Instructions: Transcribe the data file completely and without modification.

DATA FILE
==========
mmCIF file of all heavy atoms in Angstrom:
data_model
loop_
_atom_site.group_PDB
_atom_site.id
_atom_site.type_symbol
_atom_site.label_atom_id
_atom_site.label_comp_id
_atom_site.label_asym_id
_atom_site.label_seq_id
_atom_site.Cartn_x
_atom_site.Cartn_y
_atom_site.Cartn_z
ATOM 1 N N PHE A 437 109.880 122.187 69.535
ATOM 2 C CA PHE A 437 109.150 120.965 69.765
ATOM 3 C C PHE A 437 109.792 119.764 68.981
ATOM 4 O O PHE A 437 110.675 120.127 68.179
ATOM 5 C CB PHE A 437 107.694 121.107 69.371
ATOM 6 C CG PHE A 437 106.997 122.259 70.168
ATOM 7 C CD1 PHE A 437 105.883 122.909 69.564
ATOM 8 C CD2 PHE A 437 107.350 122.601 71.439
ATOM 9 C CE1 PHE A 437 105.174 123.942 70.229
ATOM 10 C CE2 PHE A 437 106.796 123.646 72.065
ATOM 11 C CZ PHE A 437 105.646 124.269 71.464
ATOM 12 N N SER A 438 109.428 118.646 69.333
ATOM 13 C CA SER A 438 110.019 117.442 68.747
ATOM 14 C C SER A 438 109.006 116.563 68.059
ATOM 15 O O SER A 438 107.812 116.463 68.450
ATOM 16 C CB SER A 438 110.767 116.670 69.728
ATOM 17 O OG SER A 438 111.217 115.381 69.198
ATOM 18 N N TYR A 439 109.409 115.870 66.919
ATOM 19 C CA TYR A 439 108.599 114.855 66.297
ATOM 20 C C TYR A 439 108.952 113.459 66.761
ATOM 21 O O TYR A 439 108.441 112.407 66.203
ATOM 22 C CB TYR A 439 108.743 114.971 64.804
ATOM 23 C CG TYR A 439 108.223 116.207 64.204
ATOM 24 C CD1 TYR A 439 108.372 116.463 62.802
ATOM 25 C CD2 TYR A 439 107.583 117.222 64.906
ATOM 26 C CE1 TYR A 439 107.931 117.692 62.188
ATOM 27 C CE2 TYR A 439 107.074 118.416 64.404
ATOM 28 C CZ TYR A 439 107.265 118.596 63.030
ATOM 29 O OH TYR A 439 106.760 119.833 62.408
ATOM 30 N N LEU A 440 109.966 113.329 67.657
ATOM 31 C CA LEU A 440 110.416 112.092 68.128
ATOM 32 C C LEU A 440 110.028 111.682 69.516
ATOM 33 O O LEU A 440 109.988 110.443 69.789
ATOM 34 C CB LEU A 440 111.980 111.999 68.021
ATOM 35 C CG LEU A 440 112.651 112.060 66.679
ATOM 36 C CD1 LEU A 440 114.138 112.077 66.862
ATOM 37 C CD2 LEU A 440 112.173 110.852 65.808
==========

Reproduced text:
mmCIF file of all heavy atoms in Angstrom:
data_model
loop_
_atom_site.group_PDB
_atom_site.id
_atom_site.type_symbol
_atom_site.label_atom_id
_atom_site.label_comp_id
_atom_site.label_asym_id
_atom_site.label_seq_id
_atom_site.Cartn_x
_atom_site.Cartn_y
_atom_site.Cartn_z
ATOM 1 N N PHE A 437 109.880 122.187 69.535
ATOM 2 C CA PHE A 437 109.150 120.965 69.765
ATOM 3 C C PHE A 437 109.792 119.764 68.981
ATOM 4 O O PHE A 437 110.675 120.127 68.179
ATOM 5 C CB PHE A 437 107.694 121.107 69.371
ATOM 6 C CG PHE A 437 106.997 122.259 70.168
ATOM 7 C CD1 PHE A 437 105.883 122.909 69.564
ATOM 8 C CD2 PHE A 437 107.350 122.601 71.439
ATOM 9 C CE1 PHE A 437 105.174 123.942 70.229
ATOM 10 C CE2 PHE A 437 106.796 123.646 72.065
ATOM 11 C CZ PHE A 437 105.646 124.269 71.464
ATOM 12 N N SER A 438 109.428 118.646 69.333
ATOM 13 C CA SER A 438 110.019 117.442 68.747
ATOM 14 C C SER A 438 109.006 116.563 68.059
ATOM 15 O O SER A 438 107.812 116.463 68.450
ATOM 16 C CB SER A 438 110.767 116.670 69.728
ATOM 17 O OG SER A 438 111.217 115.381 69.198
ATOM 18 N N TYR A 439 109.409 115.870 66.919
ATOM 19 C CA TYR A 439 108.599 114.855 66.297
ATOM 20 C C TYR A 439 108.952 113.459 66.761
ATOM 21 O O TYR A 439 108.441 112.407 66.203
ATOM 22 C CB TYR A 439 108.743 114.971 64.804
ATOM 23 C CG TYR A 439 108.223 116.207 64.204
ATOM 24 C CD1 TYR A 439 108.372 116.463 62.802
ATOM 25 C CD2 TYR A 439 107.583 117.222 64.906
ATOM 26 C CE1 TYR A 439 107.931 117.692 62.188
ATOM 27 C CE2 TYR A 439 107.074 118.416 64.404
ATOM 28 C CZ TYR A 439 107.265 118.596 63.030
ATOM 29 O OH TYR A 439 106.760 119.833 62.408
ATOM 30 N N LEU A 440 109.966 113.329 67.657
ATOM 31 C CA LEU A 440 110.416 112.092 68.128
ATOM 32 C C LEU A 440 110.028 111.682 69.516
ATOM 33 O O LEU A 440 109.988 110.443 69.789
ATOM 34 C CB LEU A 440 111.980 111.999 68.021
ATOM 35 C CG LEU A 440 112.651 112.060 66.679
ATOM 36 C CD1 LEU A 440 114.138 112.077 66.862
ATOM 37 C CD2 LEU A 440 112.173 110.852 65.808